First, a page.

If it is true that there are lessons to learn even from the worst tragedies, then we must make sure that the terrible wreckage of this small world can help us understand and identify the rocks we are heading towards today: the climate crisis and the pandemic. Time is the discriminating factor, as always. Director Adam McKay explains it well in his movie Don't Look Up, showing us how people react as they face slow-motioned tragedies.

In this scenario, the slowness of the film is the central narrative choice: there is initially plenty of time before the comet would hit the earth, ineluctably ending human life, and there remains plenty of time to live and love and enjoy.

Hence, we also have time to expect that the asteroid is still far away, to imagine that it will deviate from its course. We even have time to forget that the impact is inevitable, and to continue to live as if nothing is happening.

This is the most common reaction to pandemics and environmental disasters. Turn your head away, pretend you don't see, don't look up.

Denial is the work of politicians incapable of questioning the only development model they know, of the billionaires who built bunkers to survive in New Zealand, (where it seems that the crisis will have less impact), of the Silicon Valley gurus have already bought coolers to preserve their bodies for eternity by cryogenics.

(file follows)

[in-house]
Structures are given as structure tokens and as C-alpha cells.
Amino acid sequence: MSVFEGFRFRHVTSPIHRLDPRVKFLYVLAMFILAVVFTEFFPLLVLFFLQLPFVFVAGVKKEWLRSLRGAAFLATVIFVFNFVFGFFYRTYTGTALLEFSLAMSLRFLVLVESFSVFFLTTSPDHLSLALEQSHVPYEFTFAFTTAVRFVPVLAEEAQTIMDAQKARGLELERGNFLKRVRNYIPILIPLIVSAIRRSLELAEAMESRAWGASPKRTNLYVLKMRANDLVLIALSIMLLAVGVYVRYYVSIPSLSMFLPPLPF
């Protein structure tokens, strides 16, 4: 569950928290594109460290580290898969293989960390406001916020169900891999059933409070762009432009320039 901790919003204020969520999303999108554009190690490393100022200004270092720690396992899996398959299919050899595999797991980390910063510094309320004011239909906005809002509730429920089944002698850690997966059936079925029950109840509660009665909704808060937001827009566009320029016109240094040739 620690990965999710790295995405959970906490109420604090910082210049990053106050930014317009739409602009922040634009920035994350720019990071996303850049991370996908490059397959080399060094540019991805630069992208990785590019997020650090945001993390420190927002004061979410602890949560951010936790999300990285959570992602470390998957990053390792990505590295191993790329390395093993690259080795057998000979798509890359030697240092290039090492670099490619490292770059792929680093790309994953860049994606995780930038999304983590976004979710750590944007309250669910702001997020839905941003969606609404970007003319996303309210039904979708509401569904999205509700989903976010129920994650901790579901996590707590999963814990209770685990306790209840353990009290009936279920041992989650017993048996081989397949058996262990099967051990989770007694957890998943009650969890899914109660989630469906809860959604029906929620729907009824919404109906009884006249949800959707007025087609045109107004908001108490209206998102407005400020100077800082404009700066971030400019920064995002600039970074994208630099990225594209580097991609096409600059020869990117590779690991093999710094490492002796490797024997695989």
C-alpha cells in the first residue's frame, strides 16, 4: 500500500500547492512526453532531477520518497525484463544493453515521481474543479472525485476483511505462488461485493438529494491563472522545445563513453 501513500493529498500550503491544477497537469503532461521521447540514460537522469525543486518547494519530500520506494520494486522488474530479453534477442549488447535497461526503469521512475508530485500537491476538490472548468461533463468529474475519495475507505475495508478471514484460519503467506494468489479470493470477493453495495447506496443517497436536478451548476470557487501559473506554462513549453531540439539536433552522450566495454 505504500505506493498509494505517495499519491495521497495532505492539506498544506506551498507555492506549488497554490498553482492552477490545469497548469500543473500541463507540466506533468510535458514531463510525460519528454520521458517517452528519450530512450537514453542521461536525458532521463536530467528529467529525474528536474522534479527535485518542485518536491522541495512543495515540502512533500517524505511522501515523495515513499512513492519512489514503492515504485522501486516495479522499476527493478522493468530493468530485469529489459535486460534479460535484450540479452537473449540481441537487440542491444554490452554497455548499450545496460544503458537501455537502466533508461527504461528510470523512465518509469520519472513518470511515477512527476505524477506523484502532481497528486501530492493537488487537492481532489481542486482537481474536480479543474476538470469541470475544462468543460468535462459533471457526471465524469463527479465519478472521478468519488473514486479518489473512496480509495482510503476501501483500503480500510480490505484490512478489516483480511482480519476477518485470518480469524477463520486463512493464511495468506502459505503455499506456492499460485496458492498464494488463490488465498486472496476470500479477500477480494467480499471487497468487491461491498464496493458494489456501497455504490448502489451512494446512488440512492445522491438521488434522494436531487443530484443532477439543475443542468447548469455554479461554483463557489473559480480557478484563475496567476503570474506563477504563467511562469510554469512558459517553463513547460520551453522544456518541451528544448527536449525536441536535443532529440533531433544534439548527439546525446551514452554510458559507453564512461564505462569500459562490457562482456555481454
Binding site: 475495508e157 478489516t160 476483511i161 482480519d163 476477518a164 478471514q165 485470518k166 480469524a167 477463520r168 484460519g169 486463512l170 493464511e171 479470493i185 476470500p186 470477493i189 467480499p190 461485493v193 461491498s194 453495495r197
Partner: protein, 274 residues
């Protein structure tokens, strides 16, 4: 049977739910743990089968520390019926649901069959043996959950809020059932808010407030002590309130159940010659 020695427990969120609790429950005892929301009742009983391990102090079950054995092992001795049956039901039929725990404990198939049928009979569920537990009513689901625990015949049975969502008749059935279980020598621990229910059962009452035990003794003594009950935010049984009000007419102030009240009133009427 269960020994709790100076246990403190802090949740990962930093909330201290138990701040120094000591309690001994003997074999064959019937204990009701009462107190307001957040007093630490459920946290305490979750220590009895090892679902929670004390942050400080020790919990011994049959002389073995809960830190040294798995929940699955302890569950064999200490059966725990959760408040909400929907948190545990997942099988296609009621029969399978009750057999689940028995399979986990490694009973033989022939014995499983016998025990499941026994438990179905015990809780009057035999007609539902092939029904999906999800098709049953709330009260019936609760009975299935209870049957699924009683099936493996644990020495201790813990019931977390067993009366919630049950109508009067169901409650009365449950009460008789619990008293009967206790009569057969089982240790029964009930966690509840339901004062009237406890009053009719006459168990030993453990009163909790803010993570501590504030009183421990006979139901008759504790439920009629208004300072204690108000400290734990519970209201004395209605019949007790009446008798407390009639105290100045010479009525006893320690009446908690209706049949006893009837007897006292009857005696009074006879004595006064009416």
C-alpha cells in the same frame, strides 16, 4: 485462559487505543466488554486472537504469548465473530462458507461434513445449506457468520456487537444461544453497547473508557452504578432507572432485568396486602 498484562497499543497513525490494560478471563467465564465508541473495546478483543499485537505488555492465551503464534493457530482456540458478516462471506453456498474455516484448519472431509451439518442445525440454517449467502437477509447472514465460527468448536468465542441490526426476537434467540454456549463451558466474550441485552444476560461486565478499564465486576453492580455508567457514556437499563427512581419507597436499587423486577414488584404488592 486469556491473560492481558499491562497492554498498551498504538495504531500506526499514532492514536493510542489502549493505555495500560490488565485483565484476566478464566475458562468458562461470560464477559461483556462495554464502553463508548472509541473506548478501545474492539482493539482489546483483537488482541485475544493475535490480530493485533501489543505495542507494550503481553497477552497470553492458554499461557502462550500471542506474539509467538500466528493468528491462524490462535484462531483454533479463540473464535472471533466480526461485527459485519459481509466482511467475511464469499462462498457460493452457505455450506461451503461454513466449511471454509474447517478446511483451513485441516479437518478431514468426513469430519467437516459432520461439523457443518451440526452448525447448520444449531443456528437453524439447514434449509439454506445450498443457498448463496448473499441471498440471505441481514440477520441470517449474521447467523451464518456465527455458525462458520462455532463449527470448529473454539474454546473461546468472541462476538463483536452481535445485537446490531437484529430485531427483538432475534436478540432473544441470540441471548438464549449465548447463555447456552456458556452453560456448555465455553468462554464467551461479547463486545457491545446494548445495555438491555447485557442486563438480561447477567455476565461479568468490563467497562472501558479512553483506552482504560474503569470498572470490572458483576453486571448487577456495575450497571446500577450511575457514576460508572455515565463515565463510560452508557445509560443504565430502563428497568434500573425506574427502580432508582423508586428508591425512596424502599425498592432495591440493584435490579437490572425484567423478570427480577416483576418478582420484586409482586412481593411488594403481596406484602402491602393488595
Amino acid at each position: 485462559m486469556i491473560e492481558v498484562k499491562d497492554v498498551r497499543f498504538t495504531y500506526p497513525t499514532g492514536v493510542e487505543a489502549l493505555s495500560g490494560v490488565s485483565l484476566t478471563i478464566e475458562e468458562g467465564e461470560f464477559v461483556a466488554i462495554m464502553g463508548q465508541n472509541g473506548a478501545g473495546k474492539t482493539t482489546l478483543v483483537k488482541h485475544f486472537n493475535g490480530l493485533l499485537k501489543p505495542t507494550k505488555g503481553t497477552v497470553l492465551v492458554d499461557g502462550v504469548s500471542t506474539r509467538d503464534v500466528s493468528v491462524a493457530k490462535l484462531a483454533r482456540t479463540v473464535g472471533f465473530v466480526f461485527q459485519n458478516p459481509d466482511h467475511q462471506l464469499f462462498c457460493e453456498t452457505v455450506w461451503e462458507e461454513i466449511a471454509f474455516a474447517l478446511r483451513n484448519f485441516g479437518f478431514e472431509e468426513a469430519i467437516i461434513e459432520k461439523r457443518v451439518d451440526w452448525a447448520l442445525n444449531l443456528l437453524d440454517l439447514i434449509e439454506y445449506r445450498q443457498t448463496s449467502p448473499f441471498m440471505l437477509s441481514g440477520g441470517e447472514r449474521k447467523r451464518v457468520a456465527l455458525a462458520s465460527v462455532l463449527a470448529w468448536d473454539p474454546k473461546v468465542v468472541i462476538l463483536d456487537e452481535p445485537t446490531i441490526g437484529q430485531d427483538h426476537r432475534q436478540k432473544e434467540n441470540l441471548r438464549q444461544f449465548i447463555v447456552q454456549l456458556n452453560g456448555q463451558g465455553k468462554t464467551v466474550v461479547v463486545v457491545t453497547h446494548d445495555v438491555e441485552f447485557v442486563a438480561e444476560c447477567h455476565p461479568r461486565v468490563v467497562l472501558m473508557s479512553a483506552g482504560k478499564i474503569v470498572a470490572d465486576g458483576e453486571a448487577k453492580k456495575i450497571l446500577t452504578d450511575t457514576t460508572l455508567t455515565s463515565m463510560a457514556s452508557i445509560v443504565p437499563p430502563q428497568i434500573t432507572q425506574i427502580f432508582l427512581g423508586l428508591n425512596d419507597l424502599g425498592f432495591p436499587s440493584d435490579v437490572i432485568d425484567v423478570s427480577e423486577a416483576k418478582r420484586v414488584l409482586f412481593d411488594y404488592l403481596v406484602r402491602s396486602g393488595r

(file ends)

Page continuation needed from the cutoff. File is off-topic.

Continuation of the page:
On the Costa Concordia, refusal to look the disaster in the eye wasn’t just the work of those who were supposed to give the alert and manage the evacuation: we are all in the same boat when it comes to denial. When a disaster happens in slow motion, it feels as though there is still too much time to bother rushing for solutions now.

We tend to think about the time we have left, about the costs and benefits to our tiny lives, without even realizing that never has the need for salvation been more collective.

Ten years ago, as today, we convinced ourselves that we are absolved of responsibility precisely because we know that everyone shares the same responsibility.

⏩  LOOKING AHEAD

• Russia’s Foreign Minister Sergey Lavrov set next week as the ultimatum for a confirmation that NATO will neither expand nor deploy forces to Ukraine and other ex-Soviet nations.

• Next Sunday will mark two years since the World Health Organization declared during an emergency meeting that COVID-19 was a Public Health Emergency of International Concern.

• On Tuesday, a 3,400-foot-wide asteroid will make a safe flyby of Earth, whooshing by our planet at the equivalent of five Earth-Moon distances (still pretty close from a cosmic point of view).

• Monday is Ditch New Year’s Resolutions Day, so you still have a few more hours to decide whether that gym membership really was a good idea.

News quiz answers: